Dire Budget Estimate Fit Well With Prevailing Politics
By Ross Ramsey, The Texas Tribune
Susan Combs, the state’s comptroller, stumbled two years ago, grossly underestimating Texas’ revenues and forcing lawmakers into a belt-tightening mode that probably wasn’t necessary.
The word “shortfall” haunted the 2011 legislative session, as lawmakers worked to continue programs and services in the face of a recession and an official forecast that income was suffering. They made cuts. They balanced the budget (if you’re charitable and not very good at arithmetic). And they bragged about it and went home.
It would be unfair to leave it at that. A fair number of those lawmakers were happy to make the cuts and would have been happier to make more. Many of them were motivated by ideology, not by the fiscal math.
And one reason they’re not screaming at the comptroller is that her lowball forecast two years ago was politically helpful to a legislature elected in a conservative sweep in 2010.
That 2010 vote was part of a nationwide conservative swing. In Texas, it changed a House with 76 Republicans and 74 Democrats into one with 102 Republicans and 48 Democrats.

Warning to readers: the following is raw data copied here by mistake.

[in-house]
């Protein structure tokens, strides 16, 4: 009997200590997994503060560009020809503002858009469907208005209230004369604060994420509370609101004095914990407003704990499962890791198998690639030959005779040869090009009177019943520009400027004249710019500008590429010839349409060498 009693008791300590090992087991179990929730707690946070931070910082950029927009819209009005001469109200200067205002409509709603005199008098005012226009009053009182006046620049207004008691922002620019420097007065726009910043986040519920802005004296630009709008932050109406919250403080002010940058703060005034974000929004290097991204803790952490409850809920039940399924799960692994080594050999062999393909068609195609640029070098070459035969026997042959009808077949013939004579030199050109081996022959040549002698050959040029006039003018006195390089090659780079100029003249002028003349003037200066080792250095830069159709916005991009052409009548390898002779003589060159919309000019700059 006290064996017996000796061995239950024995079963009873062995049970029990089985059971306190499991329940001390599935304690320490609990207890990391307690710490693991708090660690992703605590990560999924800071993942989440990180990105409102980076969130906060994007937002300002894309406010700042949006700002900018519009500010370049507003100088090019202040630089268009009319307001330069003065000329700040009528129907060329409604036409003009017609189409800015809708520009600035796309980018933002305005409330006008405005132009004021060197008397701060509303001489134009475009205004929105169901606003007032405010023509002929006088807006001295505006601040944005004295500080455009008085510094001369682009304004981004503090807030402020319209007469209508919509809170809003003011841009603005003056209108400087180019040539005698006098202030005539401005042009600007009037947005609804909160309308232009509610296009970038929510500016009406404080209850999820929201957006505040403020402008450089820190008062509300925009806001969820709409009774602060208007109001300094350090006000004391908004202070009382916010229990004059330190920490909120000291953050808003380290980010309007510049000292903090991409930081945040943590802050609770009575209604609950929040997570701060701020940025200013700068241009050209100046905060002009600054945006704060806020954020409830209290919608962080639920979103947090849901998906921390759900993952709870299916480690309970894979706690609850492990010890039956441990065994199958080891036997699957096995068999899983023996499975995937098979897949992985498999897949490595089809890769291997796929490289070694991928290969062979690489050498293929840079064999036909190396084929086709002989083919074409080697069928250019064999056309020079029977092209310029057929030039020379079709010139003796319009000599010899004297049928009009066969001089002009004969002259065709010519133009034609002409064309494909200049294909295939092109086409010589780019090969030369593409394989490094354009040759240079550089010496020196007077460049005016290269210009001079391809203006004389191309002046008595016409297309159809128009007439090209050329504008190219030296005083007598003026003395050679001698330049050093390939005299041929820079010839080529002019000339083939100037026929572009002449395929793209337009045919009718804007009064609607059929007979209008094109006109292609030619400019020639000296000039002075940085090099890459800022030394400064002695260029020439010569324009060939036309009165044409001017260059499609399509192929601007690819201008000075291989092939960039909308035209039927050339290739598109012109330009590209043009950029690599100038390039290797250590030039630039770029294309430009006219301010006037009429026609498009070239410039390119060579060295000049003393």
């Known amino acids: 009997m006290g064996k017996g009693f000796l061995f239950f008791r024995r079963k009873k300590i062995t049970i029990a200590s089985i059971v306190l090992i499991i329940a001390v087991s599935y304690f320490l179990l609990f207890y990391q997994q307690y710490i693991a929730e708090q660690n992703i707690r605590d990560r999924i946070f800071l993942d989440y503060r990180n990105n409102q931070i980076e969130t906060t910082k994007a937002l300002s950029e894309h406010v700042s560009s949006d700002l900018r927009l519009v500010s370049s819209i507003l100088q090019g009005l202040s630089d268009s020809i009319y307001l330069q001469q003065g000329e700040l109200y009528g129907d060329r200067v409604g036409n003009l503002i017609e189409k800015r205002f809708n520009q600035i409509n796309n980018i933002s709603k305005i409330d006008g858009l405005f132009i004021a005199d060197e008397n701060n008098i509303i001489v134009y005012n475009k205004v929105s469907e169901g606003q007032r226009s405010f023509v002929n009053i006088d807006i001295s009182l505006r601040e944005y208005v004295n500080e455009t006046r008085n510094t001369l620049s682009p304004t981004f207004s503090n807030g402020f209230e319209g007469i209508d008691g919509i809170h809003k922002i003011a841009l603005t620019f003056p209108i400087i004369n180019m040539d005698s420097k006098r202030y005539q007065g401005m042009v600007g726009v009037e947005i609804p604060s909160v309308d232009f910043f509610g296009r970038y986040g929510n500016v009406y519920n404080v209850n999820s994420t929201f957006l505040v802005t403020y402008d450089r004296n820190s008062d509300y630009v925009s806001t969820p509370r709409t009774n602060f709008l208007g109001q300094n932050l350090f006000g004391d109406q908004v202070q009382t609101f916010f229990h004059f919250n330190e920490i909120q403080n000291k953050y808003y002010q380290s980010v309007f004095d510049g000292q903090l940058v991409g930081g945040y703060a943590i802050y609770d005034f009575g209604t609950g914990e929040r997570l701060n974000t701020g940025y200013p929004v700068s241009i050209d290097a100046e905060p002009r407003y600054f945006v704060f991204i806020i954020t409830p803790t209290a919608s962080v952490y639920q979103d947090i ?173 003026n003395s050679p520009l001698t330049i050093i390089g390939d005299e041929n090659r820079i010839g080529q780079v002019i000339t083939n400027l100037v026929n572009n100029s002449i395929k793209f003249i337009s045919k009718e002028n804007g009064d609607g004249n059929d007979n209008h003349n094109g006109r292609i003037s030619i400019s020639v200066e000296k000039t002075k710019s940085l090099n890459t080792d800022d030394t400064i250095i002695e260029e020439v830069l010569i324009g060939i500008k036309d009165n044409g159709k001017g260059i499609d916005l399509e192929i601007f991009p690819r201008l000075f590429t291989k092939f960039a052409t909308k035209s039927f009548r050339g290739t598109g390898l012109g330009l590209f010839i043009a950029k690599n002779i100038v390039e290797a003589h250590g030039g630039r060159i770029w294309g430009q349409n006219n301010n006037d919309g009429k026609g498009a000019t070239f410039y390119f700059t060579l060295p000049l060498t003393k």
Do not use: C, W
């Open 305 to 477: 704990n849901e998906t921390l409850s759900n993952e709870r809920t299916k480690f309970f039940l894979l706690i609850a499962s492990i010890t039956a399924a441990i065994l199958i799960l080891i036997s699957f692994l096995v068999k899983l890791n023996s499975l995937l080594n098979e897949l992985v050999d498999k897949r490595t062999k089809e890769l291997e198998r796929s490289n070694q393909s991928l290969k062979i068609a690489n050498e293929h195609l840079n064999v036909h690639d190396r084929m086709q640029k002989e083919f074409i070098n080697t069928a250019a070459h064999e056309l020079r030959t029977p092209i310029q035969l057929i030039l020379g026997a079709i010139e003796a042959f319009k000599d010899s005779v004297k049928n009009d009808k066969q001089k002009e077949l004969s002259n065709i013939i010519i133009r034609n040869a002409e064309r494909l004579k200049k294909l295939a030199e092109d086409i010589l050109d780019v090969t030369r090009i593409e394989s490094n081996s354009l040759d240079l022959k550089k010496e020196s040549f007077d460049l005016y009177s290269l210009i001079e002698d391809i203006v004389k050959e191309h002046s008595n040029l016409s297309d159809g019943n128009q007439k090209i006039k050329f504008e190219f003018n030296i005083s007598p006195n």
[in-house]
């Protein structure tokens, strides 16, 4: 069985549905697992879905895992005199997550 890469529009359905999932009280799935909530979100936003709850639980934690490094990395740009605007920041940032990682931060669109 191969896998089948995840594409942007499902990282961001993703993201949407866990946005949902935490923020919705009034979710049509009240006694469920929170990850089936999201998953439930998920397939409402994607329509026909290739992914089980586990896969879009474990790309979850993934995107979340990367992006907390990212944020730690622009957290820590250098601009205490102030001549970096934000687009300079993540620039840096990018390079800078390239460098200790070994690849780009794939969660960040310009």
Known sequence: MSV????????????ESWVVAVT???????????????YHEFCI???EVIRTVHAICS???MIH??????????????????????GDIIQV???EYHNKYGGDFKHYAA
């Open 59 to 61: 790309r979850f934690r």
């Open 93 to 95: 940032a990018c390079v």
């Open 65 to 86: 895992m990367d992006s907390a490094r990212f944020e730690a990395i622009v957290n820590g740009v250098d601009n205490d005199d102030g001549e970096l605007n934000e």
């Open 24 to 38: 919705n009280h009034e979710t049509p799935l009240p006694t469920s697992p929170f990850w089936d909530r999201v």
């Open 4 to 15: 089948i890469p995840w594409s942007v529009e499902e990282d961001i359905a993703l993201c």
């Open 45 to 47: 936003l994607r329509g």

Advocates for more spending — on education, health care, you name it — were muzzled by the official forecast. Instead of saying no to their ideas, budget writers told them that money was tight all around, that the Legislature was in no mood to raise taxes or fees, and that other programs and services were fighting for the same money.
The comptroller’s numbers helped the conservatives do what they had wanted to do in the first place.
Whatever their motivation, it turns out they had more money than they thought they did. Combs’ forecast was wrong — and not by a little bit.